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Thursday, June 30, 2022

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Joaquin Camacho, in his Engineering lab, shows the flame he uses to study the formation of carbon particles under different conditions. (Photo: Christopher Leap)
 


Flames of the Future: Joaquin Camacho Leverages NSF Award to Recruit Underserved Students

Mechanical engineer is one of the latest to earn a prestigious NSF CAREER Award.
By Melinda Sevilla
 

Joaquin Camacho is a trailblazer. 

The proud Mexican-American from Los Angeles tapped into his fiery passion for science while in community college. Camacho blazed his own path through college and went on to receive his family’s first degree. His undergraduate career further kindled a deeper curiosity for engineering.

Now, the San Diego State University mechanical engineering professor is a National Science Foundation CAREER Award grantee for his research on — you guessed it — fire.

Camacho’s project, titled, “Progression from soot to nanocrystalline carbon in elevated temperature flames,” was granted $500,000 from the NSF CAREER Award to continue his work. 

CAREER grant recipients are early career faculty members selected for their potential as academic role models in research and education and to lead advances in the mission of their institution. Camacho’s award is the fifth award for the College of Engineering in one year, along with electrical and computer engineer Junfei Xie, construction engineer Reza Akhavian, mechanical engineer Sung-Yong (Sean) Park, and environmental engineer Christy Dykstra.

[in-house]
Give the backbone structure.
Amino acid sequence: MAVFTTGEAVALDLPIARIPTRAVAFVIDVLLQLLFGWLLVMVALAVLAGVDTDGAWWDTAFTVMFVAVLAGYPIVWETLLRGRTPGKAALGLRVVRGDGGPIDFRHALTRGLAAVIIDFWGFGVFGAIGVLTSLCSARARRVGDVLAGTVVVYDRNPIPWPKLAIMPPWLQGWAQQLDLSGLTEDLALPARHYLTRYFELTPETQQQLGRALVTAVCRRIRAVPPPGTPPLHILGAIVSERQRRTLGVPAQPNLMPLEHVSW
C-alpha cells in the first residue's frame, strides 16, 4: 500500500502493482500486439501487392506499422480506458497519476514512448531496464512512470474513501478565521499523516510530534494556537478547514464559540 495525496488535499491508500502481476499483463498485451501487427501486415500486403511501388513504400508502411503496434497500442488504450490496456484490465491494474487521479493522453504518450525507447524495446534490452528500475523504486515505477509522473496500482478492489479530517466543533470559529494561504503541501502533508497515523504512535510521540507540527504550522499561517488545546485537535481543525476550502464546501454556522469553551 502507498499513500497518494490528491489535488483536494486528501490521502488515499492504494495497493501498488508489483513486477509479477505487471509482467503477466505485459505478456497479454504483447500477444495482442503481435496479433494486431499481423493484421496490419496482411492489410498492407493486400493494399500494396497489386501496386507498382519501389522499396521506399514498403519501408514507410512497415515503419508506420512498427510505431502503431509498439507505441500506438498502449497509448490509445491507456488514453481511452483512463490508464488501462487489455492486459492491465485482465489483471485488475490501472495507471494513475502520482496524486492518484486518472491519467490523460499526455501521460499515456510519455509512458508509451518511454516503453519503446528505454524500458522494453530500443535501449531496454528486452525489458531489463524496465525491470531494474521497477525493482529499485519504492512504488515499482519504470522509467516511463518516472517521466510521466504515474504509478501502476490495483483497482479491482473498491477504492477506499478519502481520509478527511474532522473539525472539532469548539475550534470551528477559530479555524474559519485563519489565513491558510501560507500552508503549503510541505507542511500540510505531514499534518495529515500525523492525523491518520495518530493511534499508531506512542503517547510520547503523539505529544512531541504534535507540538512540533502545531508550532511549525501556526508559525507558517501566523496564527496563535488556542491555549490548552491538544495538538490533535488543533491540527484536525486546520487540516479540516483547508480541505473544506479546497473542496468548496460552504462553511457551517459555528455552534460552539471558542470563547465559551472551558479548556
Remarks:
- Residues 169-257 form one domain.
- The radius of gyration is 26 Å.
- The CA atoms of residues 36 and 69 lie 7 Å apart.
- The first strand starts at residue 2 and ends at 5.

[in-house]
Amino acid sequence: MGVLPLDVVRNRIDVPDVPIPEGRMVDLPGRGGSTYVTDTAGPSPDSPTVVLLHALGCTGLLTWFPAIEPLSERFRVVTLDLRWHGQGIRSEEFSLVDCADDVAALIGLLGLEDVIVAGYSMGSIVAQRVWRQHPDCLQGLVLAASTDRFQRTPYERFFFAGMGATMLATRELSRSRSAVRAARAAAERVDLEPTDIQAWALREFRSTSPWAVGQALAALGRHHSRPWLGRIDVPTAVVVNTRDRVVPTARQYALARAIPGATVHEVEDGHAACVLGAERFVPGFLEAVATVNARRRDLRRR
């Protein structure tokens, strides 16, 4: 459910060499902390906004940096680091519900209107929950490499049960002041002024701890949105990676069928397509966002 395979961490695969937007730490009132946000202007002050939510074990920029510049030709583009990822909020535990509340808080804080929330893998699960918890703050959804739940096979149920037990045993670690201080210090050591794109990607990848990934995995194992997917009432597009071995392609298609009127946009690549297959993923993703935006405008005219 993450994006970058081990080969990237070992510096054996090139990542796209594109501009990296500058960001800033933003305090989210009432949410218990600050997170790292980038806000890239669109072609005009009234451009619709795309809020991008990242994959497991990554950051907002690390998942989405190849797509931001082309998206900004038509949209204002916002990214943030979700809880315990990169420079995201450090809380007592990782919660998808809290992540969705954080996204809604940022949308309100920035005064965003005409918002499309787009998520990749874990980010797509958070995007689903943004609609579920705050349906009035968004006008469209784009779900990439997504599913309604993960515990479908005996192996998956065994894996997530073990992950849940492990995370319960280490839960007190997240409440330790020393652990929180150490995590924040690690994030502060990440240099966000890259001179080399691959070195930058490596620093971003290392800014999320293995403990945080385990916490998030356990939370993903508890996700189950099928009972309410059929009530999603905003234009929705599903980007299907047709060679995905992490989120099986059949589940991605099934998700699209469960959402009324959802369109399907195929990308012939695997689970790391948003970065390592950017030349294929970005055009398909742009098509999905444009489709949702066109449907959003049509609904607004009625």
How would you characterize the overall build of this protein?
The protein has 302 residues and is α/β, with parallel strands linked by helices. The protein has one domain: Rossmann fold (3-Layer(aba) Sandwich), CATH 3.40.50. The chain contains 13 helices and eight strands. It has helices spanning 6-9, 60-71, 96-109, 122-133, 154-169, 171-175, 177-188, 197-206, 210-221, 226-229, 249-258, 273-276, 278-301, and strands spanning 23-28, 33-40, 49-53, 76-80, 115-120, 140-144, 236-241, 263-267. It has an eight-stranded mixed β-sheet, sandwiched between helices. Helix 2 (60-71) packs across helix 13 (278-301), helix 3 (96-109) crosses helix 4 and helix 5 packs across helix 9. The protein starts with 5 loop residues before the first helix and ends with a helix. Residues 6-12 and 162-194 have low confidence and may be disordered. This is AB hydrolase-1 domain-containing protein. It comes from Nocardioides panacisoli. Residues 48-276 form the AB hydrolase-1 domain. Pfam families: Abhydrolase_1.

“This is an exciting regime to study with potential impact on materials processing, emissions from propulsion systems, climate, and human health,” said John Abraham, chair of the Mechanical Engineering department, who enthusiastically supports Camacho’s research. 

Camacho said his research focuses on high-temperature aerosol and flame processes in nanomaterial device designs. At elevated temperatures that equate to over 3,000 degrees Fahrenheit, he and his team have found evidence that conventional soot formation changes into a new process in which nanocrystalline carbon spherules are formed. 

Admittedly, the NSF CAREER award means a lot for his research. But just as important, said Camacho, is its impact on SDSU students.

“I want it to serve as a catalyst to inspire students who come from lower income backgrounds,” he said. “I love my position at SDSU for many reasons, but one of the top reasons is the opportunity to serve our student body. A student body which reminds me a lot of myself starting out.”

Starting out, Camacho worked nights at UPS loading packages in a truck while attending Mt. San Antonio College in Walnut, California. He then transferred to the University of California San Diego, where he studied Chemical Engineering and participated in research through the Ronald E. McNair Scholars program.

“My parents raised me right but they did not prepare me for college. I was clueless after I graduated high school. I always liked school but did not know about the application process for university,” said Camacho.
 
He credits excellent programs and professors for propelling him into the Ph.D. track, and said he likes to encourage today’s students to do the same, particularly those from nontraditional backgrounds. 
 
“I spent a total of seven years to get my bachelor’s degree. I feel a connection to our hardworking SDSU students because I share life experiences with many of them.” 
 
Now he’ll get to do more of that. Camacho’s CAREER Award project includes establishing programs to increase awareness of graduate school and academic career pathways for underserved high-school students, community college students and first-generation college students. This includes opening funded research assistant positions in Camacho’s lab, Energy FANS (Flames, Aerosols and NanoScience).
 
Camacho hopes SDSU students and other youth can find inspiration in his story. 
 
“I know first-hand that there is not enough awareness of college preparation and examples to look up to for many communities.”
 
Camacho aims to fix that by lighting the torch for others.